Executives Hope Couric Move To CBS Will Improve Image Of Horrific World Events
Network executives at CBS expressed say they hope that Katie Couric's move from the NBC Today Show to CBS Evening News as the first woman news anchor in the universe will give the public a more positive image of reports of genocide and mosque bombings.
Suffering from Dan Rather's overly serious face during reports of murder, mayhem and destruction, Americans have been eager to turn to a more forgiving, optimistic and feminine face to reveal the daily body count. CBS is banking heavily on Couric.
"We were thinking about getting Jessica Simpson, or Christina Applegate to replace the chiseled, hoary Dan Rather," said CBS President Robert C. Wright, "because it's important that Americans feel good about themselves when they are told that Washington has just been the victim of the first nuclear attack on American soil, which is bound to happen."
Wright stated that CBS was most concerned about renewing the viewers' faith in honest reporting, "and what better way to re-establish trust than that 'So The World's Burning, Let's Jump In The Sack One Last Time' look?"
"Wait, female news anchor?" said a confused Will Ferrell. "Didn't this already happen?"
The world will be watching as Couric takes over for Dan Rather, whose bland commentary and drone elucidation of the daily news comforted generations during their TV dinners. The true test will be Couric's effectiveness in soothing a bruised nation when the next terrorist attack strikes, something that Rather performed so adroitly when terrorists flew airplanes into the Twin Towers on 9/11/01.
"I remember watching Dan Rather that afternoon [of September 11, 2001], and thinking, 'Thank God it's him giving me my news, and not some bimbo who will start bawling at the first sight of someone falling 60 stories to their death," said nightly CBS watcher Kelly Walters, work-at-home mother of two. "That voice of reassurance was the avuncular Rather, but now the torch has been passed to Ms. Couric, who had better work on turning that smile of hers upside-down...but not too much."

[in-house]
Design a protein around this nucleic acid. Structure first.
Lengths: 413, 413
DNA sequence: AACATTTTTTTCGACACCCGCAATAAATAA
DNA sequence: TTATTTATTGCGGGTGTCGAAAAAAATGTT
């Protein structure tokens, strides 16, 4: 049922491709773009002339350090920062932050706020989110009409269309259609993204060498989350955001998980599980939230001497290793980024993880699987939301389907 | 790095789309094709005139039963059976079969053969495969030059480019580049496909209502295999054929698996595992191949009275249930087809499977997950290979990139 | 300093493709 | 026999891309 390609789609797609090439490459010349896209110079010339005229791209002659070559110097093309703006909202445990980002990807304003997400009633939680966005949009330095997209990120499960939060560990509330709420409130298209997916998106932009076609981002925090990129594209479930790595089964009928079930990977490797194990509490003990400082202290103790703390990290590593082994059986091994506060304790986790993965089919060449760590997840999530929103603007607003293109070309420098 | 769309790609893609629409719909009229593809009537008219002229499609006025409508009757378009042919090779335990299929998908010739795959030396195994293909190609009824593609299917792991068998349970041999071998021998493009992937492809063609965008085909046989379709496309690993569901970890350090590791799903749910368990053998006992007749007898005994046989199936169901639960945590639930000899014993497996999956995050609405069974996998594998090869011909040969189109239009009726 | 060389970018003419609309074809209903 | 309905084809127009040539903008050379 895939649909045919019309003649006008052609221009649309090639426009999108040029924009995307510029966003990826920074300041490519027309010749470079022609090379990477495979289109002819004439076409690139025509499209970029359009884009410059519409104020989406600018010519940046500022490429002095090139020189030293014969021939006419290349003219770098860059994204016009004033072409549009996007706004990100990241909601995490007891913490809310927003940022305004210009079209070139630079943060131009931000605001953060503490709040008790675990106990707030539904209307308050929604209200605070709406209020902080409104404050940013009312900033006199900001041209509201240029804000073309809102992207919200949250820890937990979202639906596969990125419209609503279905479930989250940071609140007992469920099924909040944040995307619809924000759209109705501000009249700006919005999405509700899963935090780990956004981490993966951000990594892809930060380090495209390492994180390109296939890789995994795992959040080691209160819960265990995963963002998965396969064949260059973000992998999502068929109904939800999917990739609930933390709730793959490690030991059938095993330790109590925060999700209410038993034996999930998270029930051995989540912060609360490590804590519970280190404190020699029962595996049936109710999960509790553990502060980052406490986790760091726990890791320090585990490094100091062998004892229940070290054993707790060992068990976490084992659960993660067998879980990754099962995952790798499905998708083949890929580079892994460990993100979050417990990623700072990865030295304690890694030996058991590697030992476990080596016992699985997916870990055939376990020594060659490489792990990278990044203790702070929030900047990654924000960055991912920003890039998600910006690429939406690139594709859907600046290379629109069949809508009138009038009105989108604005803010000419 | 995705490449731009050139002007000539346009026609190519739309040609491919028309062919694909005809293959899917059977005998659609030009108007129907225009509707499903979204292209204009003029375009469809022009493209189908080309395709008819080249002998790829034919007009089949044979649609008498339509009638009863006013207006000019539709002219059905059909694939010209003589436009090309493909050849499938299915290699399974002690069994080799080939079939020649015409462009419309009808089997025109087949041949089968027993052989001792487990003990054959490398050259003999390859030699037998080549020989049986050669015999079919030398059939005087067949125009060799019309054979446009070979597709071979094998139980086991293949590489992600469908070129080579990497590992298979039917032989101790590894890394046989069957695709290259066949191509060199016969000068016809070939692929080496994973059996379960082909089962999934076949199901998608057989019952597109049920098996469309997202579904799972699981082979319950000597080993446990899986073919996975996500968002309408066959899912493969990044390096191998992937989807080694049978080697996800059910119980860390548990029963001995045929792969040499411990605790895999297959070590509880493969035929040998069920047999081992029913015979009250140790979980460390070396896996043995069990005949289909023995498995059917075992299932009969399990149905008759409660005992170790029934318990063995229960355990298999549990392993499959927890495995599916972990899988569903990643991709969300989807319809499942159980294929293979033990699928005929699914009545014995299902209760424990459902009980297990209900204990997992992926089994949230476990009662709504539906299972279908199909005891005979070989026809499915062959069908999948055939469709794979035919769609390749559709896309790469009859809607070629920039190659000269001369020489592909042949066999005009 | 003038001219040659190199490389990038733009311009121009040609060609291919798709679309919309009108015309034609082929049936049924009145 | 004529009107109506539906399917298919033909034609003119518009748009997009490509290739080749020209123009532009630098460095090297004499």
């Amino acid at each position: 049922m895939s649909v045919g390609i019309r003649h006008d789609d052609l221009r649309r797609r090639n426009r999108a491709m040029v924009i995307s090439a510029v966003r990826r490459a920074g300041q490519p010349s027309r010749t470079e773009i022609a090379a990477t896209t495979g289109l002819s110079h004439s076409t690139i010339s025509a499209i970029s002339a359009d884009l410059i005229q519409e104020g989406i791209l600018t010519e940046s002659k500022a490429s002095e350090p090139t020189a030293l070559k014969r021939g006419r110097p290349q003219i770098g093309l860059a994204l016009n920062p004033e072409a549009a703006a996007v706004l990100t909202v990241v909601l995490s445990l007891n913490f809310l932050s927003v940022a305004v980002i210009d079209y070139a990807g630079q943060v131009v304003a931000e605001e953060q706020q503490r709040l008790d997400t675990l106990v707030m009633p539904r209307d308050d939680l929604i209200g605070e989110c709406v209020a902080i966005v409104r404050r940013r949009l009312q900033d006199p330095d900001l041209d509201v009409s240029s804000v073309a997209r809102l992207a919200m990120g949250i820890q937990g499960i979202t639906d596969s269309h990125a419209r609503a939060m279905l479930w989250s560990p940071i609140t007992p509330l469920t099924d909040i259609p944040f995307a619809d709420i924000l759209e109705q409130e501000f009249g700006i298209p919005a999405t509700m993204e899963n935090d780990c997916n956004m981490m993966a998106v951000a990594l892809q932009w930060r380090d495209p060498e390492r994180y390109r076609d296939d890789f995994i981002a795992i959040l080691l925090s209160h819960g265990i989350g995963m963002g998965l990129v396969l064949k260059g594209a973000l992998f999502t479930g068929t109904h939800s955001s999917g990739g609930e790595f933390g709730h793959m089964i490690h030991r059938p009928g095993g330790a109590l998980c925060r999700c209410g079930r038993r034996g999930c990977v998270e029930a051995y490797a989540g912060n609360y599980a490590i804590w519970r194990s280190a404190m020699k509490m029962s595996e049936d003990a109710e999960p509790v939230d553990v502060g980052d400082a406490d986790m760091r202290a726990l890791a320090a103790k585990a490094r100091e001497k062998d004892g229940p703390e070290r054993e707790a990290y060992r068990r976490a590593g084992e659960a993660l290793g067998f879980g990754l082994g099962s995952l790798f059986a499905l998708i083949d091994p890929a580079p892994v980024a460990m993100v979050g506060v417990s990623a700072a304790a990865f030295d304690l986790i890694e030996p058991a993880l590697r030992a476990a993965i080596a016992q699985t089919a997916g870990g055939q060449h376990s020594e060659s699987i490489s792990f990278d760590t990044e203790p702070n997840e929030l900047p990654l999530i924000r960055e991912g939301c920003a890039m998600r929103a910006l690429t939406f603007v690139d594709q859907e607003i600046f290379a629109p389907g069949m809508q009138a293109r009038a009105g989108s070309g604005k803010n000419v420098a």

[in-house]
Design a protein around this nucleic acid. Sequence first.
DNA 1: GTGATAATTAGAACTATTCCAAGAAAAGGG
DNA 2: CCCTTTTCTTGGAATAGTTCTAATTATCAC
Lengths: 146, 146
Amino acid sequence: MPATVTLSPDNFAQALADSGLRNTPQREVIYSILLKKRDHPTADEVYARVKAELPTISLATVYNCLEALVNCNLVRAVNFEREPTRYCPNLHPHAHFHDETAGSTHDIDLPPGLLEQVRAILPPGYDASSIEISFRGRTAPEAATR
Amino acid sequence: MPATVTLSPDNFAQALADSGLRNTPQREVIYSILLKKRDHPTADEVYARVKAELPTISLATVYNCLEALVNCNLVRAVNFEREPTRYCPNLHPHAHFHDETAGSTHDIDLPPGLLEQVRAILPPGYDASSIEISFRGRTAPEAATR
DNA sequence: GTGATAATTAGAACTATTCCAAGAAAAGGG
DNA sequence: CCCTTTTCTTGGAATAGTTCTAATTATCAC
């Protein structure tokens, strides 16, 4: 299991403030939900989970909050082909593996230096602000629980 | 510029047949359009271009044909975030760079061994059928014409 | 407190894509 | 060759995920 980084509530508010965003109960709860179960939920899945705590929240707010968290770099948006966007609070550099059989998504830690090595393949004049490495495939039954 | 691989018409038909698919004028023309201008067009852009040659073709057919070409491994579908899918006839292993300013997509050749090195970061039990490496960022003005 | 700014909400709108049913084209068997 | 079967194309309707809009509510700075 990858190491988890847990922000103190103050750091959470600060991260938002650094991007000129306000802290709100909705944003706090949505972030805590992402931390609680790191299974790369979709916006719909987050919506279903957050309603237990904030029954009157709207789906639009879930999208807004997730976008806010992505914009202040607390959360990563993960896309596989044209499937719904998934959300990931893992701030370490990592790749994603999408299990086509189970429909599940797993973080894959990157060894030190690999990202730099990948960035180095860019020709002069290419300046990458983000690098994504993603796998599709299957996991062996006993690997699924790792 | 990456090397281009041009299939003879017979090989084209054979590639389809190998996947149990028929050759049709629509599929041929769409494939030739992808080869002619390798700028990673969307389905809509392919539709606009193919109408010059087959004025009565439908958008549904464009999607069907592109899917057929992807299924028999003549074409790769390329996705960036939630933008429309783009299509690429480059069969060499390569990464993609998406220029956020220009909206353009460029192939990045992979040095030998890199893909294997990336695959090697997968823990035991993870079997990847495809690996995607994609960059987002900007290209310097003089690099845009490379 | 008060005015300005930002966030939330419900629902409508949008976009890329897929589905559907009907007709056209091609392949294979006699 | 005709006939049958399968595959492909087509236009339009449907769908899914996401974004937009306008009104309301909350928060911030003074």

"I will most likely have a heart attack when I see that woman and her short sleeves," added 86 year-old Samson Varney, a typical CBS viewer.
Others have offered a different point of view. Neighbor and friend of Walters, Jackie Summers, hopes that Couric is the breath of fresh air that the evening news needs.
"Katie Couric might be good at making me feel satisfied about being a stay-at-home Mom [on the 'Today' show]," said Summers, "but as for giving me that same sunny feeling when American soldiers and Iraqi civilians are detonated in the latest bombing, I'm reticent."
"But I'm really pulling for her," Summers added. "Girl power, yay!"
Liberals are pulling in their own fashion, hoping that they will find in Couric a kindred spirit to Walter Cronkite and Dan Rather, who will assure them that every war that America fights is unwinnable. Conservatives have already lashed out against Couric's happy-go-lucky persona, claiming that the news must be delivered with the utmost gravity so that the alleged liberal bias will be taken seriously when conservatives gather for dinner or bowling to complain about the media.
"What if it were Couricgate and not Rathergate?" rhetorically asked Dale Marshal of Dover, PA, in reference to the falsified reports that Dan Rather read over the evening news during the 2004 Presidential campaign stating that Bush was documented as having gone AWOL during national guard service. "Everyone would have put it up to just another dumb blond making another dumb blond mistake, but with Rather's intense seriousness and believability, my buddies and I had a field day at the VFW about America's liberal bias in the media. How can we do that when it's a woman giving us the news, who we know is going to say stupid things? This ruins the credibility of our arguments that the media lacks credibility."
Executives are hoping that Couric will entice a younger generation into paying attention to the evening news, and not the independent blogs and small-time news outlets that offer alternative journalistic viewpoints on the Internet.
"This new wave of quality journalism from limitless sources throughout the World Wide Web has eroded the blind faith that the common American has in their nightly news," said an NBC spokesperson. "Whether or not Ms. Couric has the 'gravitas' that everyone's talking about has yet to be seen, but one thing she does have are ta-tas – or should I say TWO things that she has – and if that's not credibility, then I don't know what is."
Couric was unavailable for comment, but her agent assured reporters that she would report the daily news with restive integrity, and that she has promised not to cry when it's time for the infant mortality rate of the Sudan to be read.